Stopped at Barcelone NY and a cute girl in this store put a gun to my head and made me buy a BIG chocolate chip cookie which I enjoyed as I looked at the Barcelona Light house.



Ending Odometer 51500 = 165 miles

On Sat, June 12, David, Jack & I toured the Lake Erie Canal locks and Fort Ontario at Oswego, where I forced David and Jack (at gun point) to eat BBQ at the Dinosaur BBQ:

Think this tire is the right choice for the Trans-Labrador Highway?

We also went to David’s sister’s home on the St. Lawrence waterway near Alexandria Bay. The thousand island area is really impressive. Some islands are considered in the US and some are in Canada.

Day 8, Sun, June 13 Odometer 51500, Lows 60s high 89°. Drove up through Sackets Harbor, Rts. 3 to 9 to Vermont. Hwy 78 to Newport was tied up and slow with construction.

At Chazy, I saw pretty yellow flowers with Lake Champlain in background:



Stayed at Mountain Lake Campground ($31.00) at Lancaster, NH – very nice. With the cost of some small hotels around $55.00 and some campgrounds close to $41.00 for a cabin, it makes you re-evaluate the economic advantage of packing up wet camping gear.

Ending Odometer 51941 = 441 miles. I told you I was poking along!


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"Packrat" IBA# 11205, AARP, ATP, CFI, A&P, USMC
__________________________________________
Rigor Mortis will be the first indication that I've grown up!!
Yungas Rd.-Bolivia, Alaska '08 - Labrador '10 -
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Old 08-07-2010, 07:54 PM   #4
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Joined: Jan 2004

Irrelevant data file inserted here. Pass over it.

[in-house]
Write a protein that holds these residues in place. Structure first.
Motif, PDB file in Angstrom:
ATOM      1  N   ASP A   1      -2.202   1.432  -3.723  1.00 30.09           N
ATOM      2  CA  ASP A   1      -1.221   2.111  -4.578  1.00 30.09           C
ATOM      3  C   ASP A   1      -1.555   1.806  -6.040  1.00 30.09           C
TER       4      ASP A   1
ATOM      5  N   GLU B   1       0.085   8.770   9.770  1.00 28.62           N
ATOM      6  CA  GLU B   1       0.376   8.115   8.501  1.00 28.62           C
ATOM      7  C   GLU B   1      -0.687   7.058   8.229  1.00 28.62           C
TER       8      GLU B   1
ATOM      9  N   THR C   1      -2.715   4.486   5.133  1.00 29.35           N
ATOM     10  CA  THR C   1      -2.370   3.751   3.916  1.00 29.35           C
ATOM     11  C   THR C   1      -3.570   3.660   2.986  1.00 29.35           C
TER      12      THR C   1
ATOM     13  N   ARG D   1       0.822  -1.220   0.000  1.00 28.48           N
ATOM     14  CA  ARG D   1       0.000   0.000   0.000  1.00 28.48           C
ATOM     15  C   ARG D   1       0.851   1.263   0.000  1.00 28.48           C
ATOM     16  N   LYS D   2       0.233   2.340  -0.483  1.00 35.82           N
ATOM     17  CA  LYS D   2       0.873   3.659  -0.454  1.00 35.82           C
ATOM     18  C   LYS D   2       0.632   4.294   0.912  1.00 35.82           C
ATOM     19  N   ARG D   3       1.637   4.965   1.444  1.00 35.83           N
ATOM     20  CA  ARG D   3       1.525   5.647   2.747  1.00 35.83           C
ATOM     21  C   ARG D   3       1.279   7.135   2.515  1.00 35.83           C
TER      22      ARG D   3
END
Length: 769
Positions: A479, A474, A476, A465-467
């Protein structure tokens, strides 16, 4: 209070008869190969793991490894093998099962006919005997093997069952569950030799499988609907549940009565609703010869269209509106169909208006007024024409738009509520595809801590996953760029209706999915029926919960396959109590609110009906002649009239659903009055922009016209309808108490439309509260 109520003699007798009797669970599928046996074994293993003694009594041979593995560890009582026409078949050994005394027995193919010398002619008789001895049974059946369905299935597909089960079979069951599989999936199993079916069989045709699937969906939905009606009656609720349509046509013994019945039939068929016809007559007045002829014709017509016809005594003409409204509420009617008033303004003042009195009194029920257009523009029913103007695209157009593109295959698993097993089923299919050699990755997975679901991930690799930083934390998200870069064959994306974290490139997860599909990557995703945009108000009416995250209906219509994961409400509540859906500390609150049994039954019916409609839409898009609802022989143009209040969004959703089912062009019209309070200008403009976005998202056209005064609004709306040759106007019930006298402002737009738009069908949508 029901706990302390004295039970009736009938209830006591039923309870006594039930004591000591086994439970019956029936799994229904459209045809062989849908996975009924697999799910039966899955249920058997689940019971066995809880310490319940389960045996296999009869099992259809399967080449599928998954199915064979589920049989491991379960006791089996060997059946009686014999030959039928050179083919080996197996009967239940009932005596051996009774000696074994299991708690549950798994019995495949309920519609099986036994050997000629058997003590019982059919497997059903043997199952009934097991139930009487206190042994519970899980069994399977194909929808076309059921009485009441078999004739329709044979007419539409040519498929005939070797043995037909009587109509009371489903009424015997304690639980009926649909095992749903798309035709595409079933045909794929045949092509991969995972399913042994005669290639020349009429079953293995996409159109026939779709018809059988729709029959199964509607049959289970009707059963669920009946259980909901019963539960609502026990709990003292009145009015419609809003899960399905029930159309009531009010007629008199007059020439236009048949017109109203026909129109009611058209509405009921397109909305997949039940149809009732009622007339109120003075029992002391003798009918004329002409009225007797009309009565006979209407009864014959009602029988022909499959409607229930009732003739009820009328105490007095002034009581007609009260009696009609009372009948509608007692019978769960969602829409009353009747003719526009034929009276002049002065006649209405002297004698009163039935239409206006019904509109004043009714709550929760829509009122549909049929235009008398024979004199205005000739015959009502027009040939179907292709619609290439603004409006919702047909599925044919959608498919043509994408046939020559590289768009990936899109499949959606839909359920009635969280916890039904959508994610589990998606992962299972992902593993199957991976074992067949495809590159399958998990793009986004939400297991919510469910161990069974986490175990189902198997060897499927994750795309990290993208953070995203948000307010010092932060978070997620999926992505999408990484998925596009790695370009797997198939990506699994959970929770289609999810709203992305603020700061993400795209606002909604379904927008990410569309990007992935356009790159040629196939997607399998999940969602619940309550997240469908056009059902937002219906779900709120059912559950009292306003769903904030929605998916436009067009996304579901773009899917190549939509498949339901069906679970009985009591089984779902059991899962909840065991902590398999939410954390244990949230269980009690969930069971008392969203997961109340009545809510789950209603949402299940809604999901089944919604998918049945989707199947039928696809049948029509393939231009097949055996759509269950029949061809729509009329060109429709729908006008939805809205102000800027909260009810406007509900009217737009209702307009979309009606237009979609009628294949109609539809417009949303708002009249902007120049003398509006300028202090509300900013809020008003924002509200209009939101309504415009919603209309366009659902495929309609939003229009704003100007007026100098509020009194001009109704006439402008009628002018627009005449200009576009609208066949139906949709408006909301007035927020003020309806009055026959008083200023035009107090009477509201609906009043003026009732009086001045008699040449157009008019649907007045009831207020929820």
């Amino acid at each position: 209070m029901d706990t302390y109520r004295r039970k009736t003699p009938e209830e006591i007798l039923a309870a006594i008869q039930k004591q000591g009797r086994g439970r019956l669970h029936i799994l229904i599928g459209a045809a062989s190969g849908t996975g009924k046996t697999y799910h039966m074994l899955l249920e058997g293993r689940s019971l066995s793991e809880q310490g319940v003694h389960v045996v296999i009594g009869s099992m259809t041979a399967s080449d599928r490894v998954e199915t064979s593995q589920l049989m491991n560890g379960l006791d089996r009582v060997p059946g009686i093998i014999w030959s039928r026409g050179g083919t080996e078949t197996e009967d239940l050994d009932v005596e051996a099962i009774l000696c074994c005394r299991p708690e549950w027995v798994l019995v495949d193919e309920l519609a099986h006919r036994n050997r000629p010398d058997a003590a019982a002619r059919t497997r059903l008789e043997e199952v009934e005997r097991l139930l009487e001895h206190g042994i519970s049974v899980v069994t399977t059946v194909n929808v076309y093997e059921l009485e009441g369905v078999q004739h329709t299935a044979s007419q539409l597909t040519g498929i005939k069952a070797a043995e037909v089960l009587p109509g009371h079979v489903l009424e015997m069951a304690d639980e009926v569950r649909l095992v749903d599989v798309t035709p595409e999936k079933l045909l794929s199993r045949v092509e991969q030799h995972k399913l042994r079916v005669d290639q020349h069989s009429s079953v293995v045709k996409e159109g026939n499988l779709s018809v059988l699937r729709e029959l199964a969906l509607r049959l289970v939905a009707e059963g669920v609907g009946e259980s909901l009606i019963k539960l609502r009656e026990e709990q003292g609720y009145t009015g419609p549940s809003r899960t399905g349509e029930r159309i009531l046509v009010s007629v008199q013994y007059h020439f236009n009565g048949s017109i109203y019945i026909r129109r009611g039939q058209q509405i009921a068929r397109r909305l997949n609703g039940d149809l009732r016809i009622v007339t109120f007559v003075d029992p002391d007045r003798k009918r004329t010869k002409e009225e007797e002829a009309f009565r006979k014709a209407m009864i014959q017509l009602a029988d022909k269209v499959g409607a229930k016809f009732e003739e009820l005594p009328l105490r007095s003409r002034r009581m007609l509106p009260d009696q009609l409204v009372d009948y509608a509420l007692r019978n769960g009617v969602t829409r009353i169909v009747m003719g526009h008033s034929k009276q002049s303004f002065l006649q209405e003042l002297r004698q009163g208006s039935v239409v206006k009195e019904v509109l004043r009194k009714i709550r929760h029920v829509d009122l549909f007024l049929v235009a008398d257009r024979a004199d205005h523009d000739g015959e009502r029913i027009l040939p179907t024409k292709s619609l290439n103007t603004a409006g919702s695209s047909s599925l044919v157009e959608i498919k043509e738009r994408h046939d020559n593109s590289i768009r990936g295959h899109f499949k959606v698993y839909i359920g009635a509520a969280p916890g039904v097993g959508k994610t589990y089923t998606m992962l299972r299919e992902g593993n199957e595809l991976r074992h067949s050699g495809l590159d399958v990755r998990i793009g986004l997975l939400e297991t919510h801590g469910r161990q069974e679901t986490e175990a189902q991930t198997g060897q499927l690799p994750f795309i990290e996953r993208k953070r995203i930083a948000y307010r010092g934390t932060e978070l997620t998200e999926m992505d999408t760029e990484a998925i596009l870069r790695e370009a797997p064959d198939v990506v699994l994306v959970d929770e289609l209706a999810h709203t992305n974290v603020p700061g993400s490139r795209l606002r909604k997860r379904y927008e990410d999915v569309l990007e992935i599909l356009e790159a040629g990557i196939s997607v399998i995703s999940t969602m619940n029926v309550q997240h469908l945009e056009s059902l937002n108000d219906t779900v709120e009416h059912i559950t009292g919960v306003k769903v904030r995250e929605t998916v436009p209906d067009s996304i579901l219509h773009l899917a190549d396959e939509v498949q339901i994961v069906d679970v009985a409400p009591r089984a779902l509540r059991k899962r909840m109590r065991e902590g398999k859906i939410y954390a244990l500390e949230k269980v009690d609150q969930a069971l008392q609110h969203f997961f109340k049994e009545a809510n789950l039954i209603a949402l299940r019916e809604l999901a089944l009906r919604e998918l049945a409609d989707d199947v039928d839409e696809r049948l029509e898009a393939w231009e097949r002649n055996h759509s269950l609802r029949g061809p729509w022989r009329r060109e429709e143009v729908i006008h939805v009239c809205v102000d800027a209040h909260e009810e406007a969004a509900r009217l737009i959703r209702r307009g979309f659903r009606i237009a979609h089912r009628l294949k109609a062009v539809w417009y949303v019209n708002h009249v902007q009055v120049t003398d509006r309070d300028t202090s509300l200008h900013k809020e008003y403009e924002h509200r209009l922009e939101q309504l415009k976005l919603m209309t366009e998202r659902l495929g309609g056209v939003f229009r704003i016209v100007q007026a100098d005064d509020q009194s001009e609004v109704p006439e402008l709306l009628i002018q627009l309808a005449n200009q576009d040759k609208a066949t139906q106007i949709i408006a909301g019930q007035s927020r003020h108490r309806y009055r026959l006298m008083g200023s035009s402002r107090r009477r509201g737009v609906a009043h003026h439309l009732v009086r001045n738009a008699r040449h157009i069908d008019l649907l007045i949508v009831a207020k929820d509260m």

Location: Copper Canyon, Texas
Oddometer: 1,454
Day 9 June 14 Lancaster to White Mountain State Park, very little traffic. Saw the first dead moose.
I had Breakfast at Glen Junction, then decided to drive north on Hwy 16 up New Hampshire then east on Hwy 2 then back south on 113 – a gorgeous ride.



Lots of ski lifts and expensive cabins – I toasted the God of Spandex at each ski lift!

Arrived in Gray, Maine at the home of friends Harry and Gail. I changed to TKC 80s that had 2400 miles on them from last year’s attempt. Wouldn’t do that again – I’ll always use new ones. The maximum mileage I can get out of new TKCs is 4500 miles to the bald spot on the rear!
Ending Odometer 52095 = 154 miles

Day 10 –Tuesday, June 15 at Harry and Gail’s – visited Wildlife Park:
Eagle with broken wing:




Infant moose:


Slow! We don't want a reptile disfunction!


Day 11 – June 16 low 50 ° at 6:00 AM, 75° at noon. Up to Norway for McDs biscuit again and saw a motorcycle accident as they were cleaning up scene. It looked as if the Bike slid about 40 feet as if it had been hit from the rear.


Baxter State park:


Logger's Restaurant:


Crossed into Canada at Van Buren and St Leonard. The Canadian Customs Agent was so good looking I could hardly speak without stuttering! She asked if I had ever been to Canada – then she seemed incredulous and wanted to hear about my Alaska trip on a motorcycle. Probably an interrogation technique! She asked if I had ever been to court in Canada – how did she know I was an inmate? She asked about alcohol and when I mentioned that I had some Captain Morgan’s rum in a canteen with a label on it, she laughed and said that was fine.

Then I headed up to Carlisle on the Gaspe and stayed in a small hotel where they speak only French.
Ending Odometer 52653 = 558 miles
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"Packrat" IBA# 11205, AARP, ATP, CFI, A&P, USMC
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Rigor Mortis will be the first indication that I've grown up!!
Yungas Rd.-Bolivia, Alaska '08 - Labrador '10 -
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Old 08-07-2010, 08:20 PM   #5
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Location: Copper Canyon, Texas